Tiger had four dynamos. For the first time on British battlecruisers, there was one oil-driven diesel dynamo, generating 150kW. Two turbine-driven dynamos generated 200kW each, while the only reciprocating engine-driven dynamo another generated 200kW. Total output power was therefore 750kW at 220 volts, an indication of the increased importance given to electrical equipment on board warships. Tiger had the same W/T equipment as the Lions, but this was gradually improved during the First World War, including the provision of a W/T set for fire-control purposes. When completed, Tiger had a crew of 1,112 officers and men, which gradually increased during the conflict, and peaked at 1,459 in 1918. A few days before the action at Dogger Bank in January 1915, Tiger had white stripes applied to her funnels and the mast and dark grey panels added to the central portion of the hull. This camouflage was removed shortly after Dogger Bank but that on the hull sides was restored in 1917.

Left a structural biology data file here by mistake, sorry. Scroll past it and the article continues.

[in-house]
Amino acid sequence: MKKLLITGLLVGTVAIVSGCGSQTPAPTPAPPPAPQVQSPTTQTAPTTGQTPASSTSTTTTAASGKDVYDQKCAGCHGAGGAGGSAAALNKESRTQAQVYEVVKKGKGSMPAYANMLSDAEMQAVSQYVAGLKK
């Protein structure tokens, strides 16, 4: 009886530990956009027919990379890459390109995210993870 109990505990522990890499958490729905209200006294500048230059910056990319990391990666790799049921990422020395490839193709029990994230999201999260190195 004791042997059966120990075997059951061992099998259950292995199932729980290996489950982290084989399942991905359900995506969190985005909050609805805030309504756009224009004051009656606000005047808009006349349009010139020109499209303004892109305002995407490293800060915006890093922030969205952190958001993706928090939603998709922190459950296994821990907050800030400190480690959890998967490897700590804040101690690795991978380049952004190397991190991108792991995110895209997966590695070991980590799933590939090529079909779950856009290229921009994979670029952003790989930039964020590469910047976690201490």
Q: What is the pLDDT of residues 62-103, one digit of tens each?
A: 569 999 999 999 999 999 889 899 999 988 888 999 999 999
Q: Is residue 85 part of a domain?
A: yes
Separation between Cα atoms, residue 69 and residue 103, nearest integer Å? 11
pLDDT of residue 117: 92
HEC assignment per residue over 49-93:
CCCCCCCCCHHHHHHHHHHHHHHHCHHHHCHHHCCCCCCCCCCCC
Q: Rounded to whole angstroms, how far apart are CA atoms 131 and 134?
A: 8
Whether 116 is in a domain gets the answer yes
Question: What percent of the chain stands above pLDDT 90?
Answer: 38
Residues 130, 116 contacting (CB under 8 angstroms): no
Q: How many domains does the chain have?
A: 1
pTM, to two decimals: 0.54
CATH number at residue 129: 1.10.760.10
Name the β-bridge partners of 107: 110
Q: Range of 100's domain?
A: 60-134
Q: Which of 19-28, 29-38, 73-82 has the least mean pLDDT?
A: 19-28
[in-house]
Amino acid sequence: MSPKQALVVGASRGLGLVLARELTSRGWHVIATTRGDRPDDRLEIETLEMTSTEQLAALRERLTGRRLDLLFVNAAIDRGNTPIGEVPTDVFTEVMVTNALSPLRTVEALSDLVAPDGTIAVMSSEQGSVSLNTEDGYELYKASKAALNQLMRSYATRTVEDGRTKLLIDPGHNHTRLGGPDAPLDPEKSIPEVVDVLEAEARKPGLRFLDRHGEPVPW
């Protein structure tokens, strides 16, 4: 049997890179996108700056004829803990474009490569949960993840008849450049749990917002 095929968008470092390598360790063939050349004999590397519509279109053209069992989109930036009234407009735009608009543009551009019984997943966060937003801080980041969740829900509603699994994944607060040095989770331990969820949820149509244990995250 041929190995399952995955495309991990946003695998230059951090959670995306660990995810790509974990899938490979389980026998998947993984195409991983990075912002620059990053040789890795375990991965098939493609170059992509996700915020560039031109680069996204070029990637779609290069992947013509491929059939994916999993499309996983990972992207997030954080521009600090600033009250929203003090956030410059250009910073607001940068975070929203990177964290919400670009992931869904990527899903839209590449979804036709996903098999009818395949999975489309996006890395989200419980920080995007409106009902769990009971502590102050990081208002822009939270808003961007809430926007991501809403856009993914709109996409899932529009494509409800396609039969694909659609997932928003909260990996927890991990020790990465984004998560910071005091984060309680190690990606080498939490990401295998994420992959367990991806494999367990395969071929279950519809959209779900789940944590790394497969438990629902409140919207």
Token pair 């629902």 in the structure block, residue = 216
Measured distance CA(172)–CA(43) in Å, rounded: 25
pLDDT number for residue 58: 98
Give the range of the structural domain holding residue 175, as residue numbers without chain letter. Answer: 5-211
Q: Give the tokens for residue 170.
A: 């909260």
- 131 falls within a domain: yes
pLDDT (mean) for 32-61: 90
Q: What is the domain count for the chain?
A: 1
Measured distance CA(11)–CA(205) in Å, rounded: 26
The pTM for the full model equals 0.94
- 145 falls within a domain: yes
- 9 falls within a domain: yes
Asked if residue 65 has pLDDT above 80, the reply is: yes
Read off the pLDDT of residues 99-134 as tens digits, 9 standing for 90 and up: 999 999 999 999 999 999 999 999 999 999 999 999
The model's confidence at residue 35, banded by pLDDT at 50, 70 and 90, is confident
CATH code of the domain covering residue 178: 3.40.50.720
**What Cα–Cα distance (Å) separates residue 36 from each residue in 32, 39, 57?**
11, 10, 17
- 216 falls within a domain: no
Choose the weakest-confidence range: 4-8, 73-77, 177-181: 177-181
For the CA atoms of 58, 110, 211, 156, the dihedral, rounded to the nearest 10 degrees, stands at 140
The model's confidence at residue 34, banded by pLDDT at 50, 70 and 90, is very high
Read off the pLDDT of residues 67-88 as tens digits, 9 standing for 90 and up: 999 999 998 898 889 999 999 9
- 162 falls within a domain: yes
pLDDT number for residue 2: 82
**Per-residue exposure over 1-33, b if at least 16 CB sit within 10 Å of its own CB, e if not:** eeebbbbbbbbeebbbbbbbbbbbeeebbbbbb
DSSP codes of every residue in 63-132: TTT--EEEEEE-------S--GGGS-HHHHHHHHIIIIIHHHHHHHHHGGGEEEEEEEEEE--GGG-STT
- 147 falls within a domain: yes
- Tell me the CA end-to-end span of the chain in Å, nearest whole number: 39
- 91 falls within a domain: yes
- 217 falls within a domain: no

The armour scheme was an improvement in comparison with the Lions, especially because the forward and aft 4in belt was longer. Furthermore, the secondary battery casemate had 10in of protection that ran from abreast the conning tower to the rear side of ‘Y’ barbette and contributed to the overall armour scheme. Another 5in plate ran from abreast the conning tower to the front face of ‘A’ barbette, giving continuity to the protection of the forecastle deck and representing an innovation in the design of British battlecruisers, but the depth of the 9in main belt inherited from the Lions was reduced from 3ft to 2ft 3in. However, an additional 3in strip was placed below the 9in portion and ran from the rear face of ‘Y’ turret to the front face of ‘A’ barbette. Two 4in transverse bulkheads closed in the citadel. Horizontal protection varied from 1.5in at the forecastle and upper decks to 3in at the lower deck. This deck was also sloped along its extension as in the Lions. The barbettes of the four main gun mountings had a thickness that varied from 9in on the upper part to 1in in the lower part. The turrets had 9in faces, 8in rears and around 3in roofs. The conning tower’s sides were 10in, the roof was 3in and its lower part was 2in. The communication tube had a maximum thickness of 4in. The torpedo-control tower located at the aft end of the forecastle had 6in sides and a 4in roof. The spotting top had 6in and the magazines were protected by screens whose thickness varied from 2.5in to 1in. The vertical protection was mainly made of KC steel plates, while HT steel plates protected the decks.